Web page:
Tsukimi is an otaku and jellyfish enthusiast whose only means of coping with the world is to reject it: she and her friends live in a house they declare a man-free zone, generally avoid 'stylish people', and spend their days blissfully bonding over geeky rituals. As misfortune would have it, their convenient existence is about to be turned on its head by the arrival of Kuranosuke, a seemingly beautiful young woman who is actually a beautiful young man. While he may be strange even by their standards, Kuranosuke embodies everything Tsukimi secretly dreams of being - a princess as ethereal as a floating jellyfish - and promises the kind of mind-boggling adventures only possible when geek meets chic!
To make money, high school student Shinkurou Kurenai works for the secretive Benika as a "dispute mediator," acting to intervene in the disputes of clients – often violently. One day, Benika gives him a much different assignment: to protect Murasaki Kuhoin, a seven-year-old girl from the wealthy Kuhoin family. This turns out to be a more troublesome task than he expects, as Murasaki is spoiled, naive, and completely unaware of what life is like outside of the luxurious one she had previously. He also has no idea why Murasaki needs his protection, though he is slowly obtaining details from a well-informed classmate. Adding to his problems, Shinkurou still must continue to do his previous work for Benika and take care of his social relationships in school while protecting Murasaki, complicating his entire life. Nonetheless, as time passes, he and Murasaki grow close; however, trouble brews in the shadows as everyone - including Shinkurou - seems to be harboring secrets...
Kurenai and Kuragehime do not seem at first glance to be all that alike but they manage to capture the insanity of life in a modern metropolis such as Tokyo through colorful yet believable characters. Both anime explore subcultures through a solid cast and offer plenty of lucid comedy that veers on social commentary. The offbeat mood and interesting tackle of Japanese society make them a good match.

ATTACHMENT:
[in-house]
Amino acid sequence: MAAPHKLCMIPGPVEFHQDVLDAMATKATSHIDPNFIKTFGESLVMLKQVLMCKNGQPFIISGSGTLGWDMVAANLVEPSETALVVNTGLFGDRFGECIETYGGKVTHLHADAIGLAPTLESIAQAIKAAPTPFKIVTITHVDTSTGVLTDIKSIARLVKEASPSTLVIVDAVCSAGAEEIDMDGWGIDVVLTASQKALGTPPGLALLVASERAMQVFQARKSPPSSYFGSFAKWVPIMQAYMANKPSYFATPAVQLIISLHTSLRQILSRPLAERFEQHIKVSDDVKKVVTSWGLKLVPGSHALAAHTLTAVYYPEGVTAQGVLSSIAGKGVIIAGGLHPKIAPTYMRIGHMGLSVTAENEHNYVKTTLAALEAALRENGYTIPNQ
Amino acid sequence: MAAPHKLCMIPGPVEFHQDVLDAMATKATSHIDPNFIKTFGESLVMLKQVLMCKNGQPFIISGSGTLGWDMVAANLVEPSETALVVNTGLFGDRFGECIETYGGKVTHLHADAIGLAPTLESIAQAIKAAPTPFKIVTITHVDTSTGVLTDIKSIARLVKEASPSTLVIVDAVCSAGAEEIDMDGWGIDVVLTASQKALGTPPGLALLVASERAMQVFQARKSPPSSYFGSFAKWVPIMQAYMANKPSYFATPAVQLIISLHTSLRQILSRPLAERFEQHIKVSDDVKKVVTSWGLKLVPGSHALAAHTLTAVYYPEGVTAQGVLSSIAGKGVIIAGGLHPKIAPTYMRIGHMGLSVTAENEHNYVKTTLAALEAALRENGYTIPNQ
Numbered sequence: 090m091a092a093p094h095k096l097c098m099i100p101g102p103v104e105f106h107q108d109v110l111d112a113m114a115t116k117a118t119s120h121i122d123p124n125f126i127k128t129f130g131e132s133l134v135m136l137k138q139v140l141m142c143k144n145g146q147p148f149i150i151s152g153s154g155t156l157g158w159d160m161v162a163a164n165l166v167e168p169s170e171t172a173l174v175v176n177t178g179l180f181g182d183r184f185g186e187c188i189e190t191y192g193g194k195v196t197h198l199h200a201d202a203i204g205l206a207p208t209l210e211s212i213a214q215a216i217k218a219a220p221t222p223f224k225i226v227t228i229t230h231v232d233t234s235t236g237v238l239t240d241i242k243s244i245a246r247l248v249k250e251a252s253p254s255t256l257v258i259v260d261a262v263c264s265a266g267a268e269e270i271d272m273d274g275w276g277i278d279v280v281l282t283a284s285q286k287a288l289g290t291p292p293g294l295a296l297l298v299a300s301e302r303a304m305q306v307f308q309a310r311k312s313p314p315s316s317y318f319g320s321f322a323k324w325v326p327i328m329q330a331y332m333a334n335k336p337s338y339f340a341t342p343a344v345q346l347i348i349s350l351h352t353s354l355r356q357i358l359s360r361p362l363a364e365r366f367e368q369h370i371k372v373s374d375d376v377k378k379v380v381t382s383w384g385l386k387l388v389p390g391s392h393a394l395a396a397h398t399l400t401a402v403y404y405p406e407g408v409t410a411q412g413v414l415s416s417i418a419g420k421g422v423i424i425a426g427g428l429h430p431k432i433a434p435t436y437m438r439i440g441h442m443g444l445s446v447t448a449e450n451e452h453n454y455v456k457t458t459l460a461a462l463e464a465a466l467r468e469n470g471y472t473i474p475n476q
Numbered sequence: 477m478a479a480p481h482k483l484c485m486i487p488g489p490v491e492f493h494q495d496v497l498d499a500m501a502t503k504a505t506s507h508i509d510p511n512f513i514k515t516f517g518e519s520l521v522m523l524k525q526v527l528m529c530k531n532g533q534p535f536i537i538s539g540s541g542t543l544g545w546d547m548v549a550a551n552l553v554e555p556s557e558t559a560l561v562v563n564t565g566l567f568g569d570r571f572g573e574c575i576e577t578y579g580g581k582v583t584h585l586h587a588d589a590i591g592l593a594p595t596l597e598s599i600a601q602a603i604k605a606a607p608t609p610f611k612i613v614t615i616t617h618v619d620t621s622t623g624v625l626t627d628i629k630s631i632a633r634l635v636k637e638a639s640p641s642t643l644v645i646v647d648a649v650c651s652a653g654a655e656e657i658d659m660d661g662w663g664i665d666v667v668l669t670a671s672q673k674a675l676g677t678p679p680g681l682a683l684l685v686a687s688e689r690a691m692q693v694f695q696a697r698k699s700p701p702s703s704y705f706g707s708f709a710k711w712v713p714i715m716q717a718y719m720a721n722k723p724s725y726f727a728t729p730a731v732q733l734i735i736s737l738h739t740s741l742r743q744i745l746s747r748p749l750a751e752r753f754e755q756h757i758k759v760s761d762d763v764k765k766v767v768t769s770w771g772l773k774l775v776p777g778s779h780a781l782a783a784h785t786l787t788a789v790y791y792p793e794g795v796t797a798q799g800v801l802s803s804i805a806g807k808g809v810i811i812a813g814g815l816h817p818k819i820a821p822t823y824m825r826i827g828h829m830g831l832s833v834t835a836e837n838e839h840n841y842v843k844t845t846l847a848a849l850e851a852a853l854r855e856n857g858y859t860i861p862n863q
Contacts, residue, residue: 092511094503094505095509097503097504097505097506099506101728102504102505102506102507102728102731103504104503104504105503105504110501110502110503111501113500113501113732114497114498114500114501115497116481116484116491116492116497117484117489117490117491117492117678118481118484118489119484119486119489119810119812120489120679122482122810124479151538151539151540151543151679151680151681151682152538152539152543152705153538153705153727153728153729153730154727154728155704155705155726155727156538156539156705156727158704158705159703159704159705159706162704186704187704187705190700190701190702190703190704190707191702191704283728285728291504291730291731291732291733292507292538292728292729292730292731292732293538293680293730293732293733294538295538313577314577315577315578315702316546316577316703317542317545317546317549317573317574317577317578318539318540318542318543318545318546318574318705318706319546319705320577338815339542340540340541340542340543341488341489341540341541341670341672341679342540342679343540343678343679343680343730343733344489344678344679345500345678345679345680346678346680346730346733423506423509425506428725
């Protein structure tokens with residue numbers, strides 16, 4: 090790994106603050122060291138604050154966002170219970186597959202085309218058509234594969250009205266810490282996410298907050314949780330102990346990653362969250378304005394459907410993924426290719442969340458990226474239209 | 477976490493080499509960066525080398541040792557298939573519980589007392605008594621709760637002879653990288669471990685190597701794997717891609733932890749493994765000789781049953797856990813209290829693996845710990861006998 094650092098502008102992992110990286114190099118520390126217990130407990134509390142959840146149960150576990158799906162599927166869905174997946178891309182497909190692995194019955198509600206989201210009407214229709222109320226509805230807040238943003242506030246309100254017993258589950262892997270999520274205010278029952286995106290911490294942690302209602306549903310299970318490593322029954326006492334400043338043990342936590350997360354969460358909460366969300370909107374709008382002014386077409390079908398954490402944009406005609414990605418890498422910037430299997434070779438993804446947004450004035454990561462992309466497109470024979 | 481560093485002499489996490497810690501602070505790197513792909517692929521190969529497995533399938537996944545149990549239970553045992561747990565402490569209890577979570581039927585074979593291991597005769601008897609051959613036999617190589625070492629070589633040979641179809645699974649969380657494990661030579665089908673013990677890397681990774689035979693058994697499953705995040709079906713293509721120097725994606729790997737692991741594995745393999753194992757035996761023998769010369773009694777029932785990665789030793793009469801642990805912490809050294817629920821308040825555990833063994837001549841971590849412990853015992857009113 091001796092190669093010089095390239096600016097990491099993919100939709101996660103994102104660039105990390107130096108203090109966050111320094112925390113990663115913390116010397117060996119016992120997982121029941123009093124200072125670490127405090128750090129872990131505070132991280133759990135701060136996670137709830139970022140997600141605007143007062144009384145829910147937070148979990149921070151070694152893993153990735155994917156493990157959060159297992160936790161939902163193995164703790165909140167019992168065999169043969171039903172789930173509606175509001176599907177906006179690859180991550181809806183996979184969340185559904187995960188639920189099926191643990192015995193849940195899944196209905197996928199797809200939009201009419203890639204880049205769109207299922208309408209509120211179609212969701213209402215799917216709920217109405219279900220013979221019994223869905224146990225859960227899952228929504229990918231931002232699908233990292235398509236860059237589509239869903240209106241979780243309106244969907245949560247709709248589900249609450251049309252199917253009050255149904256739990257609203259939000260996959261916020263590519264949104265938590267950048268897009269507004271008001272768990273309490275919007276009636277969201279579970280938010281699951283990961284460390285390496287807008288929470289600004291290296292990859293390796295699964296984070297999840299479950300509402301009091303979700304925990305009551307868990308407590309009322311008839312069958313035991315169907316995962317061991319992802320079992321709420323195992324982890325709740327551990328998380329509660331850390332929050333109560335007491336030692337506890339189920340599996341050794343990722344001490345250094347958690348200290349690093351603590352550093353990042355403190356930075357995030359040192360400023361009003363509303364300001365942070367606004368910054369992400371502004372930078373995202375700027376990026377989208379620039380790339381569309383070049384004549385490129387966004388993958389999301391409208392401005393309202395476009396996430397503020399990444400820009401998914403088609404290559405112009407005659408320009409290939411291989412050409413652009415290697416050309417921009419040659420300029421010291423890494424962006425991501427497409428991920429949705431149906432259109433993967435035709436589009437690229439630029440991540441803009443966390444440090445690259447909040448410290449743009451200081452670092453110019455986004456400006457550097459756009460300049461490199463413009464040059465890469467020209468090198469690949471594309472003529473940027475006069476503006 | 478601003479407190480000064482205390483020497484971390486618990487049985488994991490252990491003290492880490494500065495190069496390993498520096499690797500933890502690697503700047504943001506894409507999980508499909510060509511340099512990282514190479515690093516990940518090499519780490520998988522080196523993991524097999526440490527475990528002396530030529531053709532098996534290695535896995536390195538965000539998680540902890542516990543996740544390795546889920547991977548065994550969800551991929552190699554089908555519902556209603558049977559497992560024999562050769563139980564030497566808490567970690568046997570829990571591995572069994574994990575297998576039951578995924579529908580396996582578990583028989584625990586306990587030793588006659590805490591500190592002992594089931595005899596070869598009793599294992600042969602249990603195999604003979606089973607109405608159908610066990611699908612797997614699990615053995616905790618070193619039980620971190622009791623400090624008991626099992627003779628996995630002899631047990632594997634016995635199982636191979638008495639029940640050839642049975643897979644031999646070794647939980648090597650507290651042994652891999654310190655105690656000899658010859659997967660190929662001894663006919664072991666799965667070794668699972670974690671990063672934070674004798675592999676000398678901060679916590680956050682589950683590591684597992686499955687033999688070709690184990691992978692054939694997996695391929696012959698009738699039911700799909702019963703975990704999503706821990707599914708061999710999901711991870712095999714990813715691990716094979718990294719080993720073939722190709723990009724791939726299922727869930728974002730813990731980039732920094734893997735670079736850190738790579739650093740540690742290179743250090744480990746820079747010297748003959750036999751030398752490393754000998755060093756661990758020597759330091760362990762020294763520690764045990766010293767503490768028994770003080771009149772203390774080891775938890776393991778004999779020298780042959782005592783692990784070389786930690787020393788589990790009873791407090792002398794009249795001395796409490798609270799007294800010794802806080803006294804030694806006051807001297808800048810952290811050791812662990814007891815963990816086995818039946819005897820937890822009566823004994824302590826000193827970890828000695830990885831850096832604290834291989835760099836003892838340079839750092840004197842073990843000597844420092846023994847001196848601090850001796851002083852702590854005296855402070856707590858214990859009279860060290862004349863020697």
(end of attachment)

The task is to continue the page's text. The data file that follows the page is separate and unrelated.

Nana Komatsu is on her way to Tokyo; now she can finally be with her boyfriend after a year of dating long-distance! On the train there, Nana Komatsu meets Nana Osaki – a girl who shares her name but seems to be everything Nana Komatsu is not; cool, street-wise, and a punk rocker. The two hit it off and spend the entire journey getting to know each other, but when they get to Tokyo, circumstance separates them seemingly forever. However, fate is not finished with these two. Whilst hunting for a place to live the two Nanas again cross paths. They decide to share a flat and become best friends in no time. Nana K. must learn to be independent and mature, while Nana O. works on becoming famous with her band; but together, they will learn about love and loss, and the growth that comes with it.
Deal with women growing up in modern Japan from a semi-realistic standpoint. Both series had main characters that I could both identify with and whom I was really sympathetic with. Series focus on characterization.
Kyousuke Kosaka is a normal teenager with average grades and an average home life, but when he finds out that his overachieving younger sister Kirino has been hiding her vast anime and eroge collection from their unassuming parents, his world turns inside out! Now, having promised to help his formerly distant sibling navigate her two distinct lives, Kyousuke finds himself drawn into Kirino's world of magical girl anime and "little sister" fetish games while covering for his sibling to her parents and friends, not to mention trying to provide what guidance he can.
Kyoko moves to the big city with the prince of her dreams Shotaro; he wants to make it big in the entertainment business, so she works hard at many different jobs to support him as he achieves his dream. However, one day, Kyoko accidentally discovers the horrible truth: the love of her life thinks of her as a 'plain and boring woman!' Outraged, Kyoko swears revenge – she will make it even bigger than Shotaro in the entertainment world. The only question is, how will she fulfill her desire?
At first glance these two shows don't appear to have much in common, but they are surprisingly similar in their emotional impact. Both of them have a female lead who lives on the outskirts of society, but comes into the spotlight in some way. Both girls are helped along by an incredibly attractive and wealthy male lead who bends over backwards to help her, falling for her in the process. Both shows are also shojos that differ drastically from the standard high school romance story that you've seen a hundred times, while still throwing in plenty of fun and romantic moments. Plotwise, these shows differ greatly, but if you like shows that are character driven, people that go totally and outragously over the top to get what they want, or if you fangirl squeal over a man's unrequitted crush, then these shows are both for you.